What an amazing expereience I’ve had in the last few weeks. Earlier this year, I was invited to be a facilitator at The Reformation Prject’s Atlanta Regional Training Conference which took place June 11-13th. Specifically, my role was to be part of a full day pre-conference Accademy for Racial Justice (ARJ). In addition to the Accademy, I was invited to participate in two pannel discussions: “LGBT 101” on Thursday, and “The Intersections of Race and LGBT Identities” on Saturday. Both pannels were an opportunity for me to share my stories as a Christian who is black, gay, and celibate. I was so thankful to be asked to share my perspectives as well as facilitate others in their own discovery and conversation around these important topics. What I didn’t expect was how powerfully I would be impacted by the community I found at the conference.
About 16 years ago, I began a relationship with my previous church community that although it was exciting and promising at first, soon became toxic and spiritually abusive. I was part of that ministry for about 8 years before I got free of it. In leaving that church, I also left a lot of the culture and ministry stylings that were common to a black charasmatic ministry. I didn’t fully agree with everything within that culture, but it still represented a significant part of my Christian experience. In leaving that church, I found a significant amount of healing at my current church, but parts of me always wonderd if my worship was too expresessive or distracting to those who may worship more revereantly or quietly. Often times I had to choose to be authentic in my worship even if I might be the only one to express themselves this way.
Last weekend at the The Reformation Project Conference, I met other LGBT Christians who come from or are part of charasmatic churches. They weren’t the majority, but I would run into them in breakout sessions and a few of the speakers are charasmatic. For the first time, I had the opportunity to worship with others who could identify with the unique challenges I’ve faced of being Gay and a fully-devoted follower of Christ. As I sang, danced, swayed, waved my hands, shouted out, and wept I felt like there was NOTHING to hold back, nothing to appologize for. I was simply free to worship God in every way I knew how.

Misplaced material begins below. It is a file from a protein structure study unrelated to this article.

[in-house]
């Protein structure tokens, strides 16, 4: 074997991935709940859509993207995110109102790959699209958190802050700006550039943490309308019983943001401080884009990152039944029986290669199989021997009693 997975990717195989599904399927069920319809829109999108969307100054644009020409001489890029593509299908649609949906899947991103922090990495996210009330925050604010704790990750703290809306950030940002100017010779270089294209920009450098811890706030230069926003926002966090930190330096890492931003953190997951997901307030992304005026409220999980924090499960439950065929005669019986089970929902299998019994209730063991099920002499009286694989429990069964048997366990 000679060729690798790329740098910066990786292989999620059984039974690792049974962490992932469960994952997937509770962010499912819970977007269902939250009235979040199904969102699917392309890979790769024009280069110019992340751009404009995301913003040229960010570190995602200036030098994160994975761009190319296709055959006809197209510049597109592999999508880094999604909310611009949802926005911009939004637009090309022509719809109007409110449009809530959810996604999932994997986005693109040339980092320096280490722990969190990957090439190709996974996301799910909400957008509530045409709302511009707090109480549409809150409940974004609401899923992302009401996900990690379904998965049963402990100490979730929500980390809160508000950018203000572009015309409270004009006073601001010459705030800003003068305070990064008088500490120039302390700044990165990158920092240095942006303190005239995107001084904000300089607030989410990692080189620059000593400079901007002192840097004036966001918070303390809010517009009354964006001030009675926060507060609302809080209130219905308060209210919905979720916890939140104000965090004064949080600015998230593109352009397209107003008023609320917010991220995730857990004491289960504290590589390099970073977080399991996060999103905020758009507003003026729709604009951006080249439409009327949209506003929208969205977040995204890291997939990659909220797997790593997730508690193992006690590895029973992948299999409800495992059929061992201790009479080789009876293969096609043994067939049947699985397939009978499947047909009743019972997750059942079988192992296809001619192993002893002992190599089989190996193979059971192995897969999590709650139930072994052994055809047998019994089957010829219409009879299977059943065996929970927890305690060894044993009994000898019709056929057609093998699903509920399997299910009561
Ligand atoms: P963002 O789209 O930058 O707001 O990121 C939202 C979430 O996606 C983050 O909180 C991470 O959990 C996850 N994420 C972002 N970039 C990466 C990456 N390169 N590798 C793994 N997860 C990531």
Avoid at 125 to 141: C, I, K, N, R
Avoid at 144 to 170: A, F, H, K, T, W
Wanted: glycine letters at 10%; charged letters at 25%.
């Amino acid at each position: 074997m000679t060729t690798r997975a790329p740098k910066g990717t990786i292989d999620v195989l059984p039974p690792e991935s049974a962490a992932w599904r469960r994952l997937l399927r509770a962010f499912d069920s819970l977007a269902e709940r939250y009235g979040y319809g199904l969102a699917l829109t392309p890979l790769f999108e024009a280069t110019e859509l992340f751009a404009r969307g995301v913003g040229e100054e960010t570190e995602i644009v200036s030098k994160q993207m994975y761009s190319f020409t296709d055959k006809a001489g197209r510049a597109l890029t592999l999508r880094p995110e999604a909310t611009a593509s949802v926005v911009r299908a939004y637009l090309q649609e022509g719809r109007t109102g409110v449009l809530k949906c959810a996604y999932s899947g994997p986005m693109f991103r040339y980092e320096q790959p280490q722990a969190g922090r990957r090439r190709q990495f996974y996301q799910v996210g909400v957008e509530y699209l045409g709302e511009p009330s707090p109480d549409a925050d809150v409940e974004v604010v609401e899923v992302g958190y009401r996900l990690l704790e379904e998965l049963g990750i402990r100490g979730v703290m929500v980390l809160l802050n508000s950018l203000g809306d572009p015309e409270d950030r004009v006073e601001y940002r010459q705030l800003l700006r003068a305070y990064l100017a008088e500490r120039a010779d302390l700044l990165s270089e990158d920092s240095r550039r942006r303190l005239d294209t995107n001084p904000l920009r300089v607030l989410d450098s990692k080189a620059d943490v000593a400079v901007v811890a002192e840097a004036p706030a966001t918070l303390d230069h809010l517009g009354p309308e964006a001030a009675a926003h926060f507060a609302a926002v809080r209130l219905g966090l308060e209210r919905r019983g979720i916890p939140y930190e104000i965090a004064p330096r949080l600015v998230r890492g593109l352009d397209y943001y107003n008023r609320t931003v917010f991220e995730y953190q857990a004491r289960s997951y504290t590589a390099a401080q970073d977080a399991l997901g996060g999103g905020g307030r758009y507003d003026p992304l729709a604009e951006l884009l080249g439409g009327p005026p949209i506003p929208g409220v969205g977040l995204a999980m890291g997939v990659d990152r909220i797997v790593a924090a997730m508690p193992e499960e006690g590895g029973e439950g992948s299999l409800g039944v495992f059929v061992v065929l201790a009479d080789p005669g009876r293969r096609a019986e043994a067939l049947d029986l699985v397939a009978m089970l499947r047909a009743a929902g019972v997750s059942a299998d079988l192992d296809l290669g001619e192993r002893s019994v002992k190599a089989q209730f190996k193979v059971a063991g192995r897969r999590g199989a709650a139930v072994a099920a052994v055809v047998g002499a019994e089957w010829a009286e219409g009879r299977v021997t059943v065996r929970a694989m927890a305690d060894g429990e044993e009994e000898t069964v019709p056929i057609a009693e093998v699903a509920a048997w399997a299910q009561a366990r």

This was a healing for my soul. So many times I had to cry out to God in isolation. So often I was burdened with how people saw me, or their expectations for “deliverance from homosexuality”, or their ignorance about me and my story. There’s something POWERFUL about being able to worship in an inclusive community.
I think we ALL are seeking a place to belong. We are wired to want to be known and loved just as we know and love others. I don’t think our creator designed us with an individualistic pursuit in mind. I hope to help more churches be intentional about welcoming LGBT people into their worship spaces. So often the dominant narrative for sexual and gender minorities is that church is where they have been hurt by trusted leaders, abandoned by people who they considered family, and where people are commonly spiritually and/or physically abused.
I’m longing for the church to be a place that seeks out LGBT folks and starts the reconcilliation process. On Sunday, June 28th, I’ll again be part of the “I’m Sorry” campaign – an effort by Christians to appologize to the LGBT community for how the church has been harmful and to commit to efforts to make things better.
If you’d like to be part of “I’m sorry” click here for information about the campaign or click here sign up to join us at Chicago’s Pride Parade.